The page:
The image analysis techniques proposed in the current paper provide a high degree of automation and yield quantitative measures of vessel length, vessel diameter, the functional capillary density distribution, RBC velocity in individual vessel segments and the RBC velocity distribution. Space–time diagrams [20] are used for velocity estimation and the new technique, in contrast to earlier similar image analysis software, is able to generate space–time diagrams of curved vessels. We introduce automatic detection of the line orientation in space–time diagrams for automated velocity estimation. The accuracy of the present method was validated using video simulations and compared to commercially available software (CapiScope [6, 14, 33]). Finally, in order to illustrate the application of the software we present analyses of sublingual video recordings from a healthy volunteer and from a patient during cardiac luxation in open-heart surgery.

Methods

With currently available imaging techniques, such as capillaroscopy, OPS or SDF imaging, “vessels” are only observed in the presence of RBCs. The RBCs contain haemoglobin, which highly absorbs the incident wavelength used in these techniques, in contrast to the background medium. The capillary vessel wall is basically invisible to these imaging techniques. Videos of the microcirculation therefore show structures of red blood cells that are bounded by vessel walls. These structures are referred to as “vessels” in this paper.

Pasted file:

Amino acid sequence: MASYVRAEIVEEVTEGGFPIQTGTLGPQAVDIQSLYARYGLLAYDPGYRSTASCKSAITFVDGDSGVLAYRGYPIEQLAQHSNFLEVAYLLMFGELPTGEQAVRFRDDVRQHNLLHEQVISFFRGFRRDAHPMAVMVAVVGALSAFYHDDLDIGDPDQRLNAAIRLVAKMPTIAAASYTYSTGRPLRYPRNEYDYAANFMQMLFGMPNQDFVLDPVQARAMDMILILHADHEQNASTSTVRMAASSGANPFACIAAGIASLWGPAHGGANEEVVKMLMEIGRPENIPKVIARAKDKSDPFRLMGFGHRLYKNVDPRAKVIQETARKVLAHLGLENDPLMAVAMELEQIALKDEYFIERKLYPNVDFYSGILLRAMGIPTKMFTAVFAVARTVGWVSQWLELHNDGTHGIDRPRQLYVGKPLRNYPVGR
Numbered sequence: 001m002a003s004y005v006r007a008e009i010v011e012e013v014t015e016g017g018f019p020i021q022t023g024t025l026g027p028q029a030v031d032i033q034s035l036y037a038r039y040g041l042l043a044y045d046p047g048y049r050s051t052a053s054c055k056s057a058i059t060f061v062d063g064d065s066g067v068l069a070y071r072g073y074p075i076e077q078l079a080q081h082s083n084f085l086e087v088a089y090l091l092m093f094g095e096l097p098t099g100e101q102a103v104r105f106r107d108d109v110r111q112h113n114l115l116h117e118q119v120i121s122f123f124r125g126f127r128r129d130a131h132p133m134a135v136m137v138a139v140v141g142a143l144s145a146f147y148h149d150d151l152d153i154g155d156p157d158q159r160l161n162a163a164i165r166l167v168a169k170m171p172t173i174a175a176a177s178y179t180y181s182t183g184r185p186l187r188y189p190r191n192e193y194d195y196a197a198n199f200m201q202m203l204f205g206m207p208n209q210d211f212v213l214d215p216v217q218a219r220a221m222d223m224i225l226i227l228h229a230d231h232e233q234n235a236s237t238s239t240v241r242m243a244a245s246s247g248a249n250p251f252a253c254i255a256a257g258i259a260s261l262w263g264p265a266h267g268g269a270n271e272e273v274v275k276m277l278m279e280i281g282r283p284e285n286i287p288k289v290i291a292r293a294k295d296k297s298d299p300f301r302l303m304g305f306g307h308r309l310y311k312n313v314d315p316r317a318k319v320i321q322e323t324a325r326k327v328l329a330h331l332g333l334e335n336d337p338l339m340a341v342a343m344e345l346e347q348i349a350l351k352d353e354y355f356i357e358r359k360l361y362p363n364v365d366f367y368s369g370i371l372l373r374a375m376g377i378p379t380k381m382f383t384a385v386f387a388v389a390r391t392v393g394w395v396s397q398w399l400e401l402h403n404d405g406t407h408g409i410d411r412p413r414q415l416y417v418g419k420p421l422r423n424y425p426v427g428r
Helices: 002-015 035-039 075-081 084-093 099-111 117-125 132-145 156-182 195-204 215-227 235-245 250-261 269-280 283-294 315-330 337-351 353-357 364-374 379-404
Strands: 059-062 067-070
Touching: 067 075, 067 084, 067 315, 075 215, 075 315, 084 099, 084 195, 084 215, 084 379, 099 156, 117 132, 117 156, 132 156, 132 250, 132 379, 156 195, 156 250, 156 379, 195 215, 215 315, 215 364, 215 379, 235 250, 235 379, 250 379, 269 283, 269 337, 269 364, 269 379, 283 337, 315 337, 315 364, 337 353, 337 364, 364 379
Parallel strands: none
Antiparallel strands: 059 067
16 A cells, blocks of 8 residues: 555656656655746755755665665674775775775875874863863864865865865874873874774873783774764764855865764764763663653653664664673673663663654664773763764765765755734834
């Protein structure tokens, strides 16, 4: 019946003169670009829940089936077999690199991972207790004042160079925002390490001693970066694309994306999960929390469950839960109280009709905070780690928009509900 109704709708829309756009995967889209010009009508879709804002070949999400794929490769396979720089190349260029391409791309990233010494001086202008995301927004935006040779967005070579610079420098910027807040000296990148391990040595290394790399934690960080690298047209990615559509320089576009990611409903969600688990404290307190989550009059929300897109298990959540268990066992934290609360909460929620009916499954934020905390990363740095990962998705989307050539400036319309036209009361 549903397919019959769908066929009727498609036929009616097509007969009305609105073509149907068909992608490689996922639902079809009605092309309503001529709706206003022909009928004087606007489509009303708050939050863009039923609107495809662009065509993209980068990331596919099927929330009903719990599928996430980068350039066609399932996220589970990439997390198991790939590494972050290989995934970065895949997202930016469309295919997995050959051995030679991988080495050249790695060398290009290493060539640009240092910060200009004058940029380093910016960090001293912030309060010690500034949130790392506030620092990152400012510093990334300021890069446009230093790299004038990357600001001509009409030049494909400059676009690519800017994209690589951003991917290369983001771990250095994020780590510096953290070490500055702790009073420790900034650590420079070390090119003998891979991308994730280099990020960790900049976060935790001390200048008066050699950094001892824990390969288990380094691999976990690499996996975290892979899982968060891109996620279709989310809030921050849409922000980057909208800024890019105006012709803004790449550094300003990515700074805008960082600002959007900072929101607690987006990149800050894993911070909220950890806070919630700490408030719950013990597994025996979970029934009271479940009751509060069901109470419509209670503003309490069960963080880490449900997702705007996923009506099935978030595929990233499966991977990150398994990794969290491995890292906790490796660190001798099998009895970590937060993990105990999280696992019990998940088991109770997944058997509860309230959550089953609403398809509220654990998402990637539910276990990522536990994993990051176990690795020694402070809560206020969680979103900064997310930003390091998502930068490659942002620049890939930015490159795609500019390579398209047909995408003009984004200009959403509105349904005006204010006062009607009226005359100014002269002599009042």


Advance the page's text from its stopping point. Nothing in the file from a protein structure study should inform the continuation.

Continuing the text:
The analysis techniques described involve vessel segmentation (the operation that extracts vessel segments from an image) and RBC velocity estimation using space–time diagrams, and require a comprehensive series of image processing steps as indicated by Fig. 1. The performance of the image analysis algorithms depends on a series of parameters that are listed in Table 1. These parameters are adjusted for optimal performance, considering the utilized image scale, and need only be adapted when changing optical magnification.

Fig. 1
a Analysis steps for vessel segmentation and for assessment of quantitative analysis parameters. Step 10, velocity detection, is detailed in the second diagram. b Analysis steps for quantifying RBC velocity per vessel segment
Table 1
Parameter settings for automated microcirculatory analysis

Movement of the subject or the hand-held imaging device can result in unstable images that hamper vessel recognition and velocity measurements. In order to stabilize images 2D cross correlation was used [1]. During this stabilization process, image enhancement is optionally performed in two ways. First, intensity variations in the background are reduced for each frame by subtracting the quadratic polynomial surface that best-fits the image, and by adding the average intensity of the original image. Secondly, contrast improvement is achieved by manipulating the image gray-scale histogram, by mapping each gray-level of the input image to a gray-level of the output image using a so-called transfer function, as described by Pries [30]. The latter method may affect the vessel geometry and is therefore not recommended before performing spatial measurements. It is convenient, however, to evaluate space–time diagrams.